Hundreds of Leeds students party at illegal street rave to celebrate end of term – despite city being one of UK’s WORST hit by Indian Covid variant
- Illegal street rave comes as Leeds is named one of the worst for covid infections
- Neighbours living near Hyde Park in Leeds were kept awake on Saturday night
- Around 300 students gathered for a party to celebrate the end of term
- Thousands of students are due to travel home to towns across the country
Footage of hundreds of partying Leeds students crammed together and dancing through the night at an illegal street rave has emerged.
The illegal street rave comes as Indian variant infections tear through the city making it one of the worst-hit Covid areas in the UK
Neighbours living near Hyde Park in Leeds were kept awake on Saturday night by a large street rave attended by a bumper crowd of student revellers.
The public rave was held at the end of the academic year, days before thousands of students are due to travel home to towns and cities across the UK.
Those living nearby were driven to fury by the potential super-spreader event as Leeds was reported to have the single highest Covid-19 rate in the entire country.
The hotspot has the worst infection rate currently with 1,393.6 cases per 100,000 people.
The city is fourth of the list of worst infected UK cities, according to ITV News, with 3,079 infections. The number of cases in Leeds is up 555 on the week before.
The illegal street rave came despite the city being named one of the UK’s worst coronavirus hotspots
Witnesses claim around 300 students were at the party from 5pm on Saturday afternoon until 6am on Sunday.
One neighbour said: ‘The party took place on a backstreet and started in a house’s backyard. There was DJ equipment and speakers set up around 10pm and the music started playing quite loud but not too bad.
‘There were about 50 people when I first noticed the noise but as the night progressed, the number of people arriving increased exponentially.
Witnesses claim around 300 students were at the party from 5pm on Saturday afternoon until 6am on Sunday
‘This caused people to spill out of the initial area and cover the whole road and the surrounding backyard.
‘There were people standing on walls and bins as well as climbing trees and chanting.
‘From what I could tell, attendees weren’t there by invite – they just heard and followed the music.
‘If I was to estimate, there were at least 300 people there at the peak of the night at around 3am.’
Neil Walshaw, councillor for Headingley and Hyde Park, told MailOnline: It is a serious issue and a breach of covid regulations. Police are looking into it. We do take these things very seriously.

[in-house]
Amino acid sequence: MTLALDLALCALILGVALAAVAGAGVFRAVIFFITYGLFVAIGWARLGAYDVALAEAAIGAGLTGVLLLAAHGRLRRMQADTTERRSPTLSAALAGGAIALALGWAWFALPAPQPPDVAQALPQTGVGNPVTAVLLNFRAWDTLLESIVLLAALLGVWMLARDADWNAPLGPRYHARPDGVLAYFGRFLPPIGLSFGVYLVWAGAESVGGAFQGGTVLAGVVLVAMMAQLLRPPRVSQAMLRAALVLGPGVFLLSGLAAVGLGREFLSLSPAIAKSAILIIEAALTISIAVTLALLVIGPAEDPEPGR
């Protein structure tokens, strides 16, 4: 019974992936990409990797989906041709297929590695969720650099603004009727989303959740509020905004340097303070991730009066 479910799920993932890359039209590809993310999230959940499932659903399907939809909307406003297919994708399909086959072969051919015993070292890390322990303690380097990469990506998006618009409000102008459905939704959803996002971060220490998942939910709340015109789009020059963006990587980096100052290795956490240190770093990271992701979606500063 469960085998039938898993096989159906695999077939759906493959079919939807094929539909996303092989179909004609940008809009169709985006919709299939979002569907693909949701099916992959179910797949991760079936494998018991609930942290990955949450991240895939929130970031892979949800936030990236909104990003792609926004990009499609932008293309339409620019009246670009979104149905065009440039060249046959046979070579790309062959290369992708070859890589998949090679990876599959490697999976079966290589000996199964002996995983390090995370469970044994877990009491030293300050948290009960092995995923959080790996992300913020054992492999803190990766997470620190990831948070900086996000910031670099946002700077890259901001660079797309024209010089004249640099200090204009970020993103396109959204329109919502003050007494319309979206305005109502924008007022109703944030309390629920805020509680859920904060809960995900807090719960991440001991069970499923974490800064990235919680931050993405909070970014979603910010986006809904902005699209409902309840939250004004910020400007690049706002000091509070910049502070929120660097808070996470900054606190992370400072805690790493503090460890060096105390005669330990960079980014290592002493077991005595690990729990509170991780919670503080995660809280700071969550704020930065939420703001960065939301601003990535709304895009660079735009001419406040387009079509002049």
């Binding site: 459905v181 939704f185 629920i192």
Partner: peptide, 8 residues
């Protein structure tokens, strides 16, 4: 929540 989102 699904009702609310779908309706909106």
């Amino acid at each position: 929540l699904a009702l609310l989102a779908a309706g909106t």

‘From my point of view, I’ve met with a lot of students, it is party season but that was a lot for local residents to put up with. We’re looking into it in detail. One of the big drivers is there’s nowhere else to go. I would just ask the students to please just think about the mess you leave behind.
‘Glass is a nightmare for small children and pets and is really awful. I’m currently in the area watching students leave. The parents are loading everything into cars which will be a relief for everyone. The party season will be tailing off quite rapidly.’
One social media user complained partygoers had used their garden as a urinal during a ‘two-day’ party.
They wrote: ‘Do you know who I need to contact to request a street is cleaned. Neighbours had a massive 2 day party over the weekend and their guests used the street (including fences, gates and sheds of other houses on the street) as toilets – thanks.’
Leeds coronavirus cases: Infections up 555 on last week with one death
There were 1,805 confirmed coronavirus cases in Leeds this week, up 555 on the week before.
County-wide, Yorkshire and Humber had 6,151 positive tests this week, up 1,652 on the previous seven days.
Meanwhile, in another positive sign of the success of the vaccination programme, deaths appear to be falling.
There was one death from Covid-19 in Leeds last week, which was down by two on the previous week, according to Leeds.gov.uk.
A notice on its website explains the action-plan for reducing the transmission rate in the city.
It reads: ‘Our focus is to break the chains of transmission and ensure that more people, to do more of the right thing, more of the time, because they choose to.
‘In the year ahead we need to live with the virus safely. Our approach is to balance the priorities of minimising the impacts of the virus on the most vulnerable and bringing overall infection levels down, while safely reopening the economy and society and pressing ahead with socioeconomic recovery.’
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